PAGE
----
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BioMed Research International
Volume 2015, Article ID 256580, 9 pages
Research Article

Candida Bloodstream Infections in Italy: Changing Epidemiology during 16 Years of Surveillance

Hygiene Section, Department of Biomedical Science and Human Oncology, University of Bari, Piazza G. Cesare 11, 70124 Bari, Italy

Received 4 December 2014; Revised 18 April 2015; Accepted 20 April 2015

Academic Editor: Handan Wand

Copyright © 2015 Giuseppina Caggiano et al. This is an open access article distributed under the Creative Commons Attribution License, which permits unrestricted use, distribution, and reproduction in any medium, provided the original work is properly cited.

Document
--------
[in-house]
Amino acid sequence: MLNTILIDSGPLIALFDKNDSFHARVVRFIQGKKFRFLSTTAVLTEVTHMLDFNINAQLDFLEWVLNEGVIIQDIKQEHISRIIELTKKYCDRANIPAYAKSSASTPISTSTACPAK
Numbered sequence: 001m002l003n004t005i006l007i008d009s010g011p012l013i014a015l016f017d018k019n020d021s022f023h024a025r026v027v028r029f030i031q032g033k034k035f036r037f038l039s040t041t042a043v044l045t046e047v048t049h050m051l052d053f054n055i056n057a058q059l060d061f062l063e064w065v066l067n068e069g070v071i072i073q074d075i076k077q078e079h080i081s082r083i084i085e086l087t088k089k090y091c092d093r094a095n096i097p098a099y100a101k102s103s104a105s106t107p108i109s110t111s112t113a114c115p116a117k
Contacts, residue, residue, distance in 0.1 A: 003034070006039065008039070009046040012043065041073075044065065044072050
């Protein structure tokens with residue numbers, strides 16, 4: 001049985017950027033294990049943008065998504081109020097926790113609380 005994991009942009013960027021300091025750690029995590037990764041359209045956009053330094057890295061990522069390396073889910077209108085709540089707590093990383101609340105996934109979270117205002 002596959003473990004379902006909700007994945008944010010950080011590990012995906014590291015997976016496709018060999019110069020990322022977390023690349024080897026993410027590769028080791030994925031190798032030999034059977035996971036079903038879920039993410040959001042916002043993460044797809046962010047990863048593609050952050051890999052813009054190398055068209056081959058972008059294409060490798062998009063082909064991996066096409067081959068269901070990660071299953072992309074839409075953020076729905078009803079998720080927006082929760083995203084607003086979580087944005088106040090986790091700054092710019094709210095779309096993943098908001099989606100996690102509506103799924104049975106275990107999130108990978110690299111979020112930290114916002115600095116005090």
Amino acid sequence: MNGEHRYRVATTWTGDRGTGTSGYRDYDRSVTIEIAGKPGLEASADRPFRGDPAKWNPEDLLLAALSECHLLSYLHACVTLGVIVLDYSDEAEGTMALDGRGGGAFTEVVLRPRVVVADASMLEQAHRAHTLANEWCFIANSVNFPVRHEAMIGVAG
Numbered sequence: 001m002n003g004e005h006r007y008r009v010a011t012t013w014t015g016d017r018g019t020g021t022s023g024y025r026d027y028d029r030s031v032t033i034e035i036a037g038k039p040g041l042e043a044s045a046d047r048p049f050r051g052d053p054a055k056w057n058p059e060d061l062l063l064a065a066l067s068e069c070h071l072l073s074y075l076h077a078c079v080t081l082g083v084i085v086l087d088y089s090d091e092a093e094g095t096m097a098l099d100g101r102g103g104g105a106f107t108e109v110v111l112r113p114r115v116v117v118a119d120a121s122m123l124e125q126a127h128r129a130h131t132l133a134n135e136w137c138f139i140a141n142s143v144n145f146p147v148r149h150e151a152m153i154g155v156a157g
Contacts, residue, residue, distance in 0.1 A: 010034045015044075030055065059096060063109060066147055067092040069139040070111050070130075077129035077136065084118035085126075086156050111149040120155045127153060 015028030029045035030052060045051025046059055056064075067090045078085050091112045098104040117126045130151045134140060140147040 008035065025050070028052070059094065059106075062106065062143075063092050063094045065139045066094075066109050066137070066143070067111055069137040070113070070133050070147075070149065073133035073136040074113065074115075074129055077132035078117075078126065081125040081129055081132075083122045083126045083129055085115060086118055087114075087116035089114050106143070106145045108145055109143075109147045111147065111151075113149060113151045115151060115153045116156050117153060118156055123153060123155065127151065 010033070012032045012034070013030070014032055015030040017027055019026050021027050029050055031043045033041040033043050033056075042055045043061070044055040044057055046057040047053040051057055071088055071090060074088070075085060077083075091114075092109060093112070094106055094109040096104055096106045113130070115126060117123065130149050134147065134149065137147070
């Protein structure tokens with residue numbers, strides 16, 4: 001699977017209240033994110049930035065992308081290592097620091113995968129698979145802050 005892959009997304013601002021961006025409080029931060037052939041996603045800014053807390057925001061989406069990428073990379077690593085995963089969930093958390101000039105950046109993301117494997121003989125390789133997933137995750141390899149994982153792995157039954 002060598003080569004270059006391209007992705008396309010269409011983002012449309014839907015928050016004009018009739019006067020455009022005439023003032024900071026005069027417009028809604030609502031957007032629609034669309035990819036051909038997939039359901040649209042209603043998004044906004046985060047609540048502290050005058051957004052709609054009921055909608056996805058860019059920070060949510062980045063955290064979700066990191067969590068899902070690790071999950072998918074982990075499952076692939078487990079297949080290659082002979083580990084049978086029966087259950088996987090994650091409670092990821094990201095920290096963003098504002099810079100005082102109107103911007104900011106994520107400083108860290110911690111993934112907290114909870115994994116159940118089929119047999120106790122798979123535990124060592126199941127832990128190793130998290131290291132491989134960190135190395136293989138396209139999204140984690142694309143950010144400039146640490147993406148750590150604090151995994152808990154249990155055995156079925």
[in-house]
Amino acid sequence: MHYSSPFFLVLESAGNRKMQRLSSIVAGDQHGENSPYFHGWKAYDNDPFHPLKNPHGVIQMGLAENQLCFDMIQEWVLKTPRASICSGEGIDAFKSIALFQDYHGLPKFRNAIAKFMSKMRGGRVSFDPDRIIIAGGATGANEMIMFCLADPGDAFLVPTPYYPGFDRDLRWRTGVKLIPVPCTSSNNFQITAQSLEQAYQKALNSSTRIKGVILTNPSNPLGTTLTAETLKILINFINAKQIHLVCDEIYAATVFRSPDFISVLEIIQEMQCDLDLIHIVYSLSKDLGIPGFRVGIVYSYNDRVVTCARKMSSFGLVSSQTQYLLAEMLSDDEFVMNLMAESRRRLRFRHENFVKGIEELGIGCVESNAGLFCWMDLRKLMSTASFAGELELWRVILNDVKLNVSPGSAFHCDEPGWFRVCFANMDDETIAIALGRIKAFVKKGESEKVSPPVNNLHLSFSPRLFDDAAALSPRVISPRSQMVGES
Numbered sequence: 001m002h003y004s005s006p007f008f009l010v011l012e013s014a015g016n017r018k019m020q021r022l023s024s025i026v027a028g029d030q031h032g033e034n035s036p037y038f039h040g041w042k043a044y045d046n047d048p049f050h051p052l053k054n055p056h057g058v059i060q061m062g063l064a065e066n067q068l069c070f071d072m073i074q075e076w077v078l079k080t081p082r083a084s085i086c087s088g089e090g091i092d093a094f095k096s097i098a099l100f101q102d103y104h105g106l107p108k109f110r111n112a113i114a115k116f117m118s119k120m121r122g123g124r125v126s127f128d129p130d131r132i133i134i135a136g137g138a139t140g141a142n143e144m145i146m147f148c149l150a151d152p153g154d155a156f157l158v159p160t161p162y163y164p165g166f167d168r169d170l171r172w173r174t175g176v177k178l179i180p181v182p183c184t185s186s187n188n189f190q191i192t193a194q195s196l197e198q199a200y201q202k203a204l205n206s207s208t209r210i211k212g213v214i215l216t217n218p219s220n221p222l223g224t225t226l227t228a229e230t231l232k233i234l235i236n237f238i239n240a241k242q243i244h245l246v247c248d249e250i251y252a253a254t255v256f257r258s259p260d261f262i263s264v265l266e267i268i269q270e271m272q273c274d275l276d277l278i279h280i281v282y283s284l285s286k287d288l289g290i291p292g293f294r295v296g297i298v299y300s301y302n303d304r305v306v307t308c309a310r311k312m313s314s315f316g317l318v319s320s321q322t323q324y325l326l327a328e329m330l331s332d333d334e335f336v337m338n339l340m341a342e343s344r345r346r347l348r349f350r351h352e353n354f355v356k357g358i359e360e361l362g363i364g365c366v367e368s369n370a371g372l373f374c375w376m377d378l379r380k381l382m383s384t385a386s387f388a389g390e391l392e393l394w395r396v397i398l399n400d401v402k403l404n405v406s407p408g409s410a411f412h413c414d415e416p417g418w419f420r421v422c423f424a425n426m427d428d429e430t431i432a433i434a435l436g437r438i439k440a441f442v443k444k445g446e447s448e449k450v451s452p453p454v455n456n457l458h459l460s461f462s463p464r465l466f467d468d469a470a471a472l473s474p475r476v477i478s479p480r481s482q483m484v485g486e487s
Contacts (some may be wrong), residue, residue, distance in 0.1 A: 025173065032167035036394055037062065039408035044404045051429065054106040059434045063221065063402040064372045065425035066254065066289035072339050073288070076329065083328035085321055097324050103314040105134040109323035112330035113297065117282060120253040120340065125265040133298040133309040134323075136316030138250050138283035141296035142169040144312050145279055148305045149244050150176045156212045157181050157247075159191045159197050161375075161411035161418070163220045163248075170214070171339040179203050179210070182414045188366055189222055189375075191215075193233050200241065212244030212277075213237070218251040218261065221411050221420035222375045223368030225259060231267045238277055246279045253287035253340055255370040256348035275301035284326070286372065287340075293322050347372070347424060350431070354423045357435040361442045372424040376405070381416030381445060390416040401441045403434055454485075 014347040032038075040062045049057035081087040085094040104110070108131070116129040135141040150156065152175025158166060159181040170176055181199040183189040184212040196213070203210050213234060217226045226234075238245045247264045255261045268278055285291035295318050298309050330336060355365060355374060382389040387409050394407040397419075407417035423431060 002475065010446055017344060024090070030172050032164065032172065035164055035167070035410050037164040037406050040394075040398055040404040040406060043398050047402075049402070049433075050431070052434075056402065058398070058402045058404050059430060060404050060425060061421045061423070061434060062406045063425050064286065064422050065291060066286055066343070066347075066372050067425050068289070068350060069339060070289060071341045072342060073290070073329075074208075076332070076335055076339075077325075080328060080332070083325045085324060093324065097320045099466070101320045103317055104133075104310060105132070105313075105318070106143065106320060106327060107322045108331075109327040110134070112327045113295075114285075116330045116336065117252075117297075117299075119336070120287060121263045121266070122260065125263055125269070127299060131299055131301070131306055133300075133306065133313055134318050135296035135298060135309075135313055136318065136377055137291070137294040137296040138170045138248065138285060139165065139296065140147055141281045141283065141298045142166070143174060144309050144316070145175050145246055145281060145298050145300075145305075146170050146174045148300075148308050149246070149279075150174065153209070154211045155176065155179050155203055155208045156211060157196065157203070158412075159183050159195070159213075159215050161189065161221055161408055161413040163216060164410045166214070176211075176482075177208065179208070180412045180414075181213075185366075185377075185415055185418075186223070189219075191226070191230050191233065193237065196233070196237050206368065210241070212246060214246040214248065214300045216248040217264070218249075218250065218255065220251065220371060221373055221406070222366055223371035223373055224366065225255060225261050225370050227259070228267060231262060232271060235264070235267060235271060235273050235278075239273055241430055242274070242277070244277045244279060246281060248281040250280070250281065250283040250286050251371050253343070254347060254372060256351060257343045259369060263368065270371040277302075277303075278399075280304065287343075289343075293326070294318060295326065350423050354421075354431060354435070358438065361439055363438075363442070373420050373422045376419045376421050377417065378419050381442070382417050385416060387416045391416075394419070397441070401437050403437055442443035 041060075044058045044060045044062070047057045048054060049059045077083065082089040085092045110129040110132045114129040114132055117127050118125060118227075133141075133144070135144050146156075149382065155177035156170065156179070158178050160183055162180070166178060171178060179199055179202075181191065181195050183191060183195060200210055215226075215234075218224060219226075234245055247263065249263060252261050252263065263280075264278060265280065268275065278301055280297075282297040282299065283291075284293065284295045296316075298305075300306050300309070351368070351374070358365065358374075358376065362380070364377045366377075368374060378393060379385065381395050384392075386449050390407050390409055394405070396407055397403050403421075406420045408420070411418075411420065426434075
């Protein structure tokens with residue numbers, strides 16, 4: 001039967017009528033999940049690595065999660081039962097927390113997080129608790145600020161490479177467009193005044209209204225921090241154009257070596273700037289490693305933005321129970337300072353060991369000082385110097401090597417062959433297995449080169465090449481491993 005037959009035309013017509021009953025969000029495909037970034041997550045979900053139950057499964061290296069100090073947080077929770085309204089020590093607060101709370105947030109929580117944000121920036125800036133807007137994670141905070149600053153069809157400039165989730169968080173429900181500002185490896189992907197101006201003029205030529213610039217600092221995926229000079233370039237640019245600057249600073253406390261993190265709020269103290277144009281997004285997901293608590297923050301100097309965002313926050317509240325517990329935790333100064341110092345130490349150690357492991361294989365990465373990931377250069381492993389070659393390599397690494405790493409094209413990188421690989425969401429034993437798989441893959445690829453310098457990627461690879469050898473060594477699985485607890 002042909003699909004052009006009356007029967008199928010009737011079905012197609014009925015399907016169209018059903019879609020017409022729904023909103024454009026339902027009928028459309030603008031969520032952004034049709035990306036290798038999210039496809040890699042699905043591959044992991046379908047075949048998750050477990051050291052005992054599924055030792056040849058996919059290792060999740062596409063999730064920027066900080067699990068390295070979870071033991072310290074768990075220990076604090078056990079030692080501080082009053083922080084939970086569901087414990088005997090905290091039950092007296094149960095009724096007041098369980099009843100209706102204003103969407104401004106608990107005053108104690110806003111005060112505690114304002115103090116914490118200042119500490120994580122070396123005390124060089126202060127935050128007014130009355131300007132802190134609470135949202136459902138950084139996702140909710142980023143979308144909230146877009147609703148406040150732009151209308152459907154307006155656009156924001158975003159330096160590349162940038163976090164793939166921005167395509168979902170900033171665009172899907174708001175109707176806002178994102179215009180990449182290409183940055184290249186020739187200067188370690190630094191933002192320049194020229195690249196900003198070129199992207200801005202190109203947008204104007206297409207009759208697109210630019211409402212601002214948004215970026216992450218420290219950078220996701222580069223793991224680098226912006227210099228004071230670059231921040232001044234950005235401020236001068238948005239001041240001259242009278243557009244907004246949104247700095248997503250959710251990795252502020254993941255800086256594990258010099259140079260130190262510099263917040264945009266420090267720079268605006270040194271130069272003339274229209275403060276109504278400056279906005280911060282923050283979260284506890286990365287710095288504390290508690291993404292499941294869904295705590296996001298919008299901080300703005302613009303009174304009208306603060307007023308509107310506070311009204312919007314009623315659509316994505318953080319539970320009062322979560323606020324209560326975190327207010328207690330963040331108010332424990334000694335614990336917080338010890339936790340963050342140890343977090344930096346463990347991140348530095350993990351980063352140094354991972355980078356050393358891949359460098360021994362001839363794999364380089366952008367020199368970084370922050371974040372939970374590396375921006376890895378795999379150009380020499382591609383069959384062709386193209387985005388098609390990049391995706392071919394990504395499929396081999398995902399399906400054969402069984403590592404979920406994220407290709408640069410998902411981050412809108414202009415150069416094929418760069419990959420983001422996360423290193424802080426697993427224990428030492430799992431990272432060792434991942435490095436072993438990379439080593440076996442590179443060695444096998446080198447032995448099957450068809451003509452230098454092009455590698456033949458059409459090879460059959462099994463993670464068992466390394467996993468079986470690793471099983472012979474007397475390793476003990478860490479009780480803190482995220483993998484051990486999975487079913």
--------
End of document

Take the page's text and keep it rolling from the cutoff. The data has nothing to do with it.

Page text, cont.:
Although considerable progress has been made in the management of patients with invasive fungal infections, Candida bloodstream infections are still widespread in hospital settings. Incidence rates vary geographically, often because of different patient populations. The aim of the present study was to describe the epidemiology of candidemia, to analyze the trend of species distribution, and to measure the in vitro susceptibility to antifungal drugs in a university Italian hospital from 1998 to 2013. The antifungal susceptibility for all Candida isolates was evaluated by broth microdilution assay (CLSI M27-A3 document). Of 394 episodes of candidemia, the average incidence was 3.06/10 000 admissions. C. albicans and non-albicans Candida species caused 44.2% and 55.8% of the episodes, respectively. C. parapsilosis (62.2%) was the most common non-albicans.  C. albicans predominated in almost all departments whereas C. parapsilosis was found in adult and paediatric oncohaematology units (34.8% and 77.6%, resp.). Overall, mortality occurred in 111 (28.2%) patients. Death occurred most often in intensive care units (47.1%) and specialist surgeries (43.7%). Most of the isolates were susceptible to antifungal drugs, but there was an upward trend for azole (). In conclusion, this study emphasizes the importance of monitoring local epidemiologic data and the diversity of patient groups affected.